Report: AI could increase the risk of nuclear war

A recent study by the RAND Corporation suggests that artificial intelligence could increase the risk of nuclear war by the year 2040.

That would not happen because of AI taking control and launching missiles as it pleases, but as a result of the influence the information it provides could have on decisions involving military engagement.

“During the Cold War, the condition of mutual assured destruction maintained an uneasy peace between the superpowers by ensuring that any attack would be met by a devastating retaliation,” a release from RAND states. “Mutual assured destruction thereby encouraged strategic stability by reducing the incentives for either country to take actions that might escalate into a nuclear war.”

“In coming decades, artificial intelligence has the potential to erode the condition of mutual assured destruction and undermine strategic stability,” the release further notes.

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How to survive a nuclear attack
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How to survive a nuclear attack

What should you do in the event of a nearby nuclear attack? Click through to learn more. 

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Seek shelter immediately, towards the center of a building or -- preferably -- a basement. Aim for the same type of shelter you would utilize in the event of a tornado. 

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The next three slides are examples of nuclear shelters that exist around the world. 

(Image via Lawrence Livermore National Laboratory)

The entrance of Shelter Co.'s nuclear shelter model room, which is placed in the basement of the company's CEO Seiichiro Nishimoto's house, is pictured in Osaka, Japan April 26, 2017. (Photo via REUTERS/Kim Kyung-Hoon)
A fallout shelter sign hangs on the Mount Rona Baptist Church, on August 9, 2017 in Washington, DC. In the early 60's Washington was at the center of civil defense preparations in case of a nuclear blast, with over one thousand dedicated public fallout shelters in schools, churches and government buildings. (Photo by Mark Wilson/Getty Images)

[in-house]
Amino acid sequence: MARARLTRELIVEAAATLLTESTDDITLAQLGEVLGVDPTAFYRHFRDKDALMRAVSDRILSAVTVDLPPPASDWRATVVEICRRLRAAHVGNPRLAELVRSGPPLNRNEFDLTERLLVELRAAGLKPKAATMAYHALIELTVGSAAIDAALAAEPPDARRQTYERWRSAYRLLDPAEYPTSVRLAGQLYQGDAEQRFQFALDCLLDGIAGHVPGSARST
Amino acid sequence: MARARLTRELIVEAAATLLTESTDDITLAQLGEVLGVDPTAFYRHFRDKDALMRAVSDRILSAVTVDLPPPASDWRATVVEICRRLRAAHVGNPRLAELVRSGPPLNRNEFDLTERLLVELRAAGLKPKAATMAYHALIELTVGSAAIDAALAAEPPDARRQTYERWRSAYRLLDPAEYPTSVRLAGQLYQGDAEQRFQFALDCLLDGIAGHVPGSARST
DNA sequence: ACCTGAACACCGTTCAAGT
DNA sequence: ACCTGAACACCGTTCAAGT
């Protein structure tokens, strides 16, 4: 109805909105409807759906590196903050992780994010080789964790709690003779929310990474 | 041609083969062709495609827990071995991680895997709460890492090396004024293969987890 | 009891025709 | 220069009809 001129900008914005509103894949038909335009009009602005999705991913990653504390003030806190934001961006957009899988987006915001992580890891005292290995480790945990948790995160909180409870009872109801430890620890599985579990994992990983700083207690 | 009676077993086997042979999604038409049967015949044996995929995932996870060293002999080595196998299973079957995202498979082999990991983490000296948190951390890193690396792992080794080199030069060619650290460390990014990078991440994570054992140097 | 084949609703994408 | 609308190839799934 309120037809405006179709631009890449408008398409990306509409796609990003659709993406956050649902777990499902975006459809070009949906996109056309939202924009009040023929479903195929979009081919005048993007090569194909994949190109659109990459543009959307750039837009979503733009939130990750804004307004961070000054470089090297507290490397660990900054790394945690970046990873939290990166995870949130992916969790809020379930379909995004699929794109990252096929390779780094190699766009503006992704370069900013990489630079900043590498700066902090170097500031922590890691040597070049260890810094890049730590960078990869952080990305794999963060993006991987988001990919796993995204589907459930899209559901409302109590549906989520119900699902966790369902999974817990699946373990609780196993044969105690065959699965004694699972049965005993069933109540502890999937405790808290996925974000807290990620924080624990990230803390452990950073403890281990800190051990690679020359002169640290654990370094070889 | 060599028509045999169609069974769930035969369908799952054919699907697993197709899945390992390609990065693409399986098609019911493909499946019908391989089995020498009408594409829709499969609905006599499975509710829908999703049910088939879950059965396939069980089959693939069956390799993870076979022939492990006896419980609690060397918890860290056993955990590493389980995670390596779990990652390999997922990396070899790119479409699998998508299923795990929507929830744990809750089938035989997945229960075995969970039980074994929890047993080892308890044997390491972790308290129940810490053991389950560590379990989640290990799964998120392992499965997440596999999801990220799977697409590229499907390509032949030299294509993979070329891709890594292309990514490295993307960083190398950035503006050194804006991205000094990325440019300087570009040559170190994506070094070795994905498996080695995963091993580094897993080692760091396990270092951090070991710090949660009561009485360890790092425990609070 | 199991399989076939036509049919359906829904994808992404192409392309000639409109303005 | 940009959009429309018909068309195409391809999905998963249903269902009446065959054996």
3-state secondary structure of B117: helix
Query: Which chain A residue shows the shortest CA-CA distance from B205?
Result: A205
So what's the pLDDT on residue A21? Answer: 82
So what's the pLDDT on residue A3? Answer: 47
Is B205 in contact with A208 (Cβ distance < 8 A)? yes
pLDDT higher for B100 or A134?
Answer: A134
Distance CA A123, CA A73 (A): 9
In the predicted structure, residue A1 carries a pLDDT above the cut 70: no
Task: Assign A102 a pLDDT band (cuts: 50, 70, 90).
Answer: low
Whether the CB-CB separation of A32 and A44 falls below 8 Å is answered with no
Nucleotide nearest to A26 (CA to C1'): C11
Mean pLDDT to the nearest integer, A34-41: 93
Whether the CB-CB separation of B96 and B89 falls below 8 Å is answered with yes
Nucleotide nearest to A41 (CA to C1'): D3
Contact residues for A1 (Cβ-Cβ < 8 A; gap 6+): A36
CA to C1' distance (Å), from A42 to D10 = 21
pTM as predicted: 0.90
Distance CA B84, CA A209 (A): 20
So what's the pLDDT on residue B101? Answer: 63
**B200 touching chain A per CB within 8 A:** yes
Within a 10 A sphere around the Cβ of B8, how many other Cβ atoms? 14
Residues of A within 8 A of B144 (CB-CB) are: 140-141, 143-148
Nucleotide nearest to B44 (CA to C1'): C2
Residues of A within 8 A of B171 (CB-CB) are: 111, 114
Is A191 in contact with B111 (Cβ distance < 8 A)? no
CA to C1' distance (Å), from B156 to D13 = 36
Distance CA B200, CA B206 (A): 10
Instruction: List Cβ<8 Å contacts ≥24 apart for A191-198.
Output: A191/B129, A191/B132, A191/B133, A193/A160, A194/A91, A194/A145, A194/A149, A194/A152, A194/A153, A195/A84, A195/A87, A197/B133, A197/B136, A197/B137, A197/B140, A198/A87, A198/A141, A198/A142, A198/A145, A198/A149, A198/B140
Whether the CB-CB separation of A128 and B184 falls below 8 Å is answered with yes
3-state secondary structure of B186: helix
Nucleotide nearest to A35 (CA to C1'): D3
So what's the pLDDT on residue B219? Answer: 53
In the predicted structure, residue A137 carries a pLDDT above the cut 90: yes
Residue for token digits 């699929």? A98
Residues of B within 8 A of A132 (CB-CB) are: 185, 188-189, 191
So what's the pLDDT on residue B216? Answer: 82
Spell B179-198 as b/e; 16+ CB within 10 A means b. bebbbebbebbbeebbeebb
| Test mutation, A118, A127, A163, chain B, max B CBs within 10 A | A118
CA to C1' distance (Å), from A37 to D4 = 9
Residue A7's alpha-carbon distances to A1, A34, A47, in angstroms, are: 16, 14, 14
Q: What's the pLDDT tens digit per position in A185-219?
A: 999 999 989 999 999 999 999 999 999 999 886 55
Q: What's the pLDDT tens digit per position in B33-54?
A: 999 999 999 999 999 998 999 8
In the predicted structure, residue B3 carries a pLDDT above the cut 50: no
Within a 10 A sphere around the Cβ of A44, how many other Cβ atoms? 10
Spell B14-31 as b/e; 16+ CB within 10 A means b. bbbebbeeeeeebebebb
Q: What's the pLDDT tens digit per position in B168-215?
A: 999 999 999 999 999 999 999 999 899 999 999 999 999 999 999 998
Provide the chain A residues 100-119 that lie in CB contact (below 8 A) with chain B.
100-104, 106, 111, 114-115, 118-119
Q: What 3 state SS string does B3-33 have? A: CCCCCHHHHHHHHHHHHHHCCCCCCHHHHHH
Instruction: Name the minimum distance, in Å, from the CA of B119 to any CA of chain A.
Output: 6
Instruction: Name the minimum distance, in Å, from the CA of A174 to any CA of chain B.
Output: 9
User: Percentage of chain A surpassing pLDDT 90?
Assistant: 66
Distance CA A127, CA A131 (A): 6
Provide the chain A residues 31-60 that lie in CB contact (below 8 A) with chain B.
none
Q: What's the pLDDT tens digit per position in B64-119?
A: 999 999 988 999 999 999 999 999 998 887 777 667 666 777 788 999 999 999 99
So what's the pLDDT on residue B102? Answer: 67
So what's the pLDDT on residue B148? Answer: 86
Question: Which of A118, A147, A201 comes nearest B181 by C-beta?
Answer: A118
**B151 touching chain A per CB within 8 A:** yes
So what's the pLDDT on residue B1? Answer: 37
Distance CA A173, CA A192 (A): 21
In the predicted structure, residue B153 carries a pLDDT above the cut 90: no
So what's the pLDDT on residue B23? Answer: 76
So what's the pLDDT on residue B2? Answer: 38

A 'shelter' sign is displayed at the entrance to a subway station in Seoul on July 6, 2017 in Seoul, South Korea. According to the metropolitan government, South Korea's city subway stations serve a dual purpose with over 3,300 designated as shelters in case of aerial bombardment including any threat from North Korea. The U.S. said that it will use military force if needed to stop North Korea's nuclear missile program after North Korea fired an intercontinental ballistic missile on Tuesday into Japanese waters. The latest launch have drawn strong criticism from the U.S. as experts believe the ICBM has the range to reach the U.S. states of Alaska and Hawaii and perhaps the U.S. Pacific Northwest. (Photo by Chung Sung-Jun/Getty Images)

Dense materials, including dirt or thick walls, provide the best defense to fallout radiation.

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If possible, take a warm shower -- but do not use conditioner, as it can bond to nuclear particles. 

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Do not seek shelter in a car, as they won't provide adequate protection, and you should not attempt to outrun nuclear fallout. 

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The nuclear fallout zone shrinks quickly after an attack, but the less dangerous "hot zone" still grows. 

(Image via Lawrence Livermore National Laboratory)

Once you are sheltered, do not leave. Listen to a radio or other announcements. 

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One example is through its enhanced ability to find, and even create, vulnerabilities in a nation’s strike response plans and resources.

Knowing that such possibilities exist could create defensive concerns and the conclusion that the best form of self-preservation is to attack first.

There is also the risk that AI will be given more responsibility than it is ready to take on.

“There may be pressure to use AI before it is technologically mature, or it may be susceptible to adversarial subversion,” Andrew Lohn, one of the paper’s authors, commented. “Therefore, maintaining strategic stability in coming decades may prove extremely difficult and all nuclearpowers must participate in the cultivation of institutions to help limit nuclear risk.”

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